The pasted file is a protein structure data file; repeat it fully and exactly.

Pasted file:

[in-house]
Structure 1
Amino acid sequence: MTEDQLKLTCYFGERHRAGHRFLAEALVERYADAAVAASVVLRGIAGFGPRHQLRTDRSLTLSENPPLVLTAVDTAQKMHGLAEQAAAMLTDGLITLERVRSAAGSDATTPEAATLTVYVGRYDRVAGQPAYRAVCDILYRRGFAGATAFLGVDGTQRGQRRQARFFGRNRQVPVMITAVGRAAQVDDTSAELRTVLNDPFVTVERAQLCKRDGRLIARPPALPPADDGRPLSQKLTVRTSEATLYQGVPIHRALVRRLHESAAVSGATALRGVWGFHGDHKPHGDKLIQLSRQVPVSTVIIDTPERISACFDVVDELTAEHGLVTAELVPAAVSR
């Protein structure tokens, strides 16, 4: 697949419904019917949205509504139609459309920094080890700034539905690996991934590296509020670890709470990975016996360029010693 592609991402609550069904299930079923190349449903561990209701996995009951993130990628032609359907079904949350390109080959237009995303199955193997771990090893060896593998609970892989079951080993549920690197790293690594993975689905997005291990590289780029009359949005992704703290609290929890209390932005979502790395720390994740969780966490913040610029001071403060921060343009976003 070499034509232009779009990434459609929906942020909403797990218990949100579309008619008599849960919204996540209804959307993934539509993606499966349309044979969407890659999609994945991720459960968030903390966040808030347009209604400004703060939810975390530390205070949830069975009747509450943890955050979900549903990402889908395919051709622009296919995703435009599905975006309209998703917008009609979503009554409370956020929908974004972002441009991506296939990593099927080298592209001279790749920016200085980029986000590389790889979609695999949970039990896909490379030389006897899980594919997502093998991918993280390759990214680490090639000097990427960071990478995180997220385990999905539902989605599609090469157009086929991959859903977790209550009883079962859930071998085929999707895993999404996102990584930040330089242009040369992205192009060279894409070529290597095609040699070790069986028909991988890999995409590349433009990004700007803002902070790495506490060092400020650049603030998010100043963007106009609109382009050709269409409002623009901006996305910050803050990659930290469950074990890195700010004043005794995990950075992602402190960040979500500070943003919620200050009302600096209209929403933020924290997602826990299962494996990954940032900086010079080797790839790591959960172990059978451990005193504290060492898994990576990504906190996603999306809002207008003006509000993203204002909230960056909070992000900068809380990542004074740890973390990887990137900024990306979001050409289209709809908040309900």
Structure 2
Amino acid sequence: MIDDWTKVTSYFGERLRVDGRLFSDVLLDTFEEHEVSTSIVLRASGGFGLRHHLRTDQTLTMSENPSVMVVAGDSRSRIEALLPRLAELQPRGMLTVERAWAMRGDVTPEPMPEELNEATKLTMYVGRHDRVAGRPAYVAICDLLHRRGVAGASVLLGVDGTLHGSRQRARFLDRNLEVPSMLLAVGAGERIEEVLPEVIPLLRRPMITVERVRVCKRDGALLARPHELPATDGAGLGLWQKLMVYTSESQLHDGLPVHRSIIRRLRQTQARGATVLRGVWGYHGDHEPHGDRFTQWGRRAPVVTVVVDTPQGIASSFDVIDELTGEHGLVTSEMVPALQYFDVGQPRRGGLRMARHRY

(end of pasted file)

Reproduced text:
[in-house]
Structure 1
Amino acid sequence: MTEDQLKLTCYFGERHRAGHRFLAEALVERYADAAVAASVVLRGIAGFGPRHQLRTDRSLTLSENPPLVLTAVDTAQKMHGLAEQAAAMLTDGLITLERVRSAAGSDATTPEAATLTVYVGRYDRVAGQPAYRAVCDILYRRGFAGATAFLGVDGTQRGQRRQARFFGRNRQVPVMITAVGRAAQVDDTSAELRTVLNDPFVTVERAQLCKRDGRLIARPPALPPADDGRPLSQKLTVRTSEATLYQGVPIHRALVRRLHESAAVSGATALRGVWGFHGDHKPHGDKLIQLSRQVPVSTVIIDTPERISACFDVVDELTAEHGLVTAELVPAAVSR
């Protein structure tokens, strides 16, 4: 697949419904019917949205509504139609459309920094080890700034539905690996991934590296509020670890709470990975016996360029010693 592609991402609550069904299930079923190349449903561990209701996995009951993130990628032609359907079904949350390109080959237009995303199955193997771990090893060896593998609970892989079951080993549920690197790293690594993975689905997005291990590289780029009359949005992704703290609290929890209390932005979502790395720390994740969780966490913040610029001071403060921060343009976003 070499034509232009779009990434459609929906942020909403797990218990949100579309008619008599849960919204996540209804959307993934539509993606499966349309044979969407890659999609994945991720459960968030903390966040808030347009209604400004703060939810975390530390205070949830069975009747509450943890955050979900549903990402889908395919051709622009296919995703435009599905975006309209998703917008009609979503009554409370956020929908974004972002441009991506296939990593099927080298592209001279790749920016200085980029986000590389790889979609695999949970039990896909490379030389006897899980594919997502093998991918993280390759990214680490090639000097990427960071990478995180997220385990999905539902989605599609090469157009086929991959859903977790209550009883079962859930071998085929999707895993999404996102990584930040330089242009040369992205192009060279894409070529290597095609040699070790069986028909991988890999995409590349433009990004700007803002902070790495506490060092400020650049603030998010100043963007106009609109382009050709269409409002623009901006996305910050803050990659930290469950074990890195700010004043005794995990950075992602402190960040979500500070943003919620200050009302600096209209929403933020924290997602826990299962494996990954940032900086010079080797790839790591959960172990059978451990005193504290060492898994990576990504906190996603999306809002207008003006509000993203204002909230960056909070992000900068809380990542004074740890973390990887990137900024990306979001050409289209709809908040309900």
Structure 2
Amino acid sequence: MIDDWTKVTSYFGERLRVDGRLFSDVLLDTFEEHEVSTSIVLRASGGFGLRHHLRTDQTLTMSENPSVMVVAGDSRSRIEALLPRLAELQPRGMLTVERAWAMRGDVTPEPMPEELNEATKLTMYVGRHDRVAGRPAYVAICDLLHRRGVAGASVLLGVDGTLHGSRQRARFLDRNLEVPSMLLAVGAGERIEEVLPEVIPLLRRPMITVERVRVCKRDGALLARPHELPATDGAGLGLWQKLMVYTSESQLHDGLPVHRSIIRRLRQTQARGATVLRGVWGYHGDHEPHGDRFTQWGRRAPVVTVVVDTPQGIASSFDVIDELTGEHGLVTSEMVPALQYFDVGQPRRGGLRMARHRY